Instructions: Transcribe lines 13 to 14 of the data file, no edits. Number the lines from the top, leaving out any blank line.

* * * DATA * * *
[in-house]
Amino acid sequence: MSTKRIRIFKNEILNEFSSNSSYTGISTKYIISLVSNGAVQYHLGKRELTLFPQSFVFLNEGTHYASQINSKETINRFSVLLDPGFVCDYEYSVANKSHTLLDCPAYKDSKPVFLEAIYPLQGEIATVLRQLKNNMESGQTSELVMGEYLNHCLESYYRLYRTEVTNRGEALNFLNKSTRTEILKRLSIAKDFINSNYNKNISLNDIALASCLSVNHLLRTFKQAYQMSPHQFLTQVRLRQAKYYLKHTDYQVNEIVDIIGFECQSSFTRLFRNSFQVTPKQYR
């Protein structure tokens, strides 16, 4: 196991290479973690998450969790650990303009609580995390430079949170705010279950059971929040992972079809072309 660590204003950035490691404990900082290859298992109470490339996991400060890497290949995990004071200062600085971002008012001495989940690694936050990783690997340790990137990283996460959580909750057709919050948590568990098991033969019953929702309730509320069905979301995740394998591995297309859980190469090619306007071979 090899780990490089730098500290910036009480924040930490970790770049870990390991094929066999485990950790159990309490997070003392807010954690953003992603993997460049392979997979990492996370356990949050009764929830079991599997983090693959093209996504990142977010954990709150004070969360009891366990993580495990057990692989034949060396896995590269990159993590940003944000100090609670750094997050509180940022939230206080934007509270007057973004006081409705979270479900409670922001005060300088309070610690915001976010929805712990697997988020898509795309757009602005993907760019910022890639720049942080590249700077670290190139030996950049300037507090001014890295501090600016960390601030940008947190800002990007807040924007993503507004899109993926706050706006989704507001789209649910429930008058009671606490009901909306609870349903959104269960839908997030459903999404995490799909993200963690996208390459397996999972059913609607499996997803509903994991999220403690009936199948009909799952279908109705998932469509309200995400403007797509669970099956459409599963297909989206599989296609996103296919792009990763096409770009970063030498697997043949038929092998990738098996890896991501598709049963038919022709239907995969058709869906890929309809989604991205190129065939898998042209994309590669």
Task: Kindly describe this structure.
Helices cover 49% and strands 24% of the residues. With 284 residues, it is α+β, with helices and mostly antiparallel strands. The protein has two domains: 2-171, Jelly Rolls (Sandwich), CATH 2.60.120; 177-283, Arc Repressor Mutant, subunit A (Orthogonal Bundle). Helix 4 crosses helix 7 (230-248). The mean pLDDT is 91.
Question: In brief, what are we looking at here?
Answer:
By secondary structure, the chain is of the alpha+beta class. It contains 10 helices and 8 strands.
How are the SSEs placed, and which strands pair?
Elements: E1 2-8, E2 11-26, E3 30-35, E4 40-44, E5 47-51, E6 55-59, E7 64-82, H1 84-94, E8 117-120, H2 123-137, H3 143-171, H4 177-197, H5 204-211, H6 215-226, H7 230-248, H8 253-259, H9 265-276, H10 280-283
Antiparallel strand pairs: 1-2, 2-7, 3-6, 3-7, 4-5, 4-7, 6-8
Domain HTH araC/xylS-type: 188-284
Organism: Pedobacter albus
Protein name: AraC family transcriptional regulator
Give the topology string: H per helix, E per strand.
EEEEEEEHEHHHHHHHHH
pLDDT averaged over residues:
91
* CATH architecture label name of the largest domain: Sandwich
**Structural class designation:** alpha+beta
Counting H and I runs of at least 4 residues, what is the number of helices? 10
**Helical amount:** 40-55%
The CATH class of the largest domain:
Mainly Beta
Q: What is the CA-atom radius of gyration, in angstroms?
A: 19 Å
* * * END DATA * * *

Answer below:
Organism: Pedobacter albus
Protein name: AraC family transcriptional regulator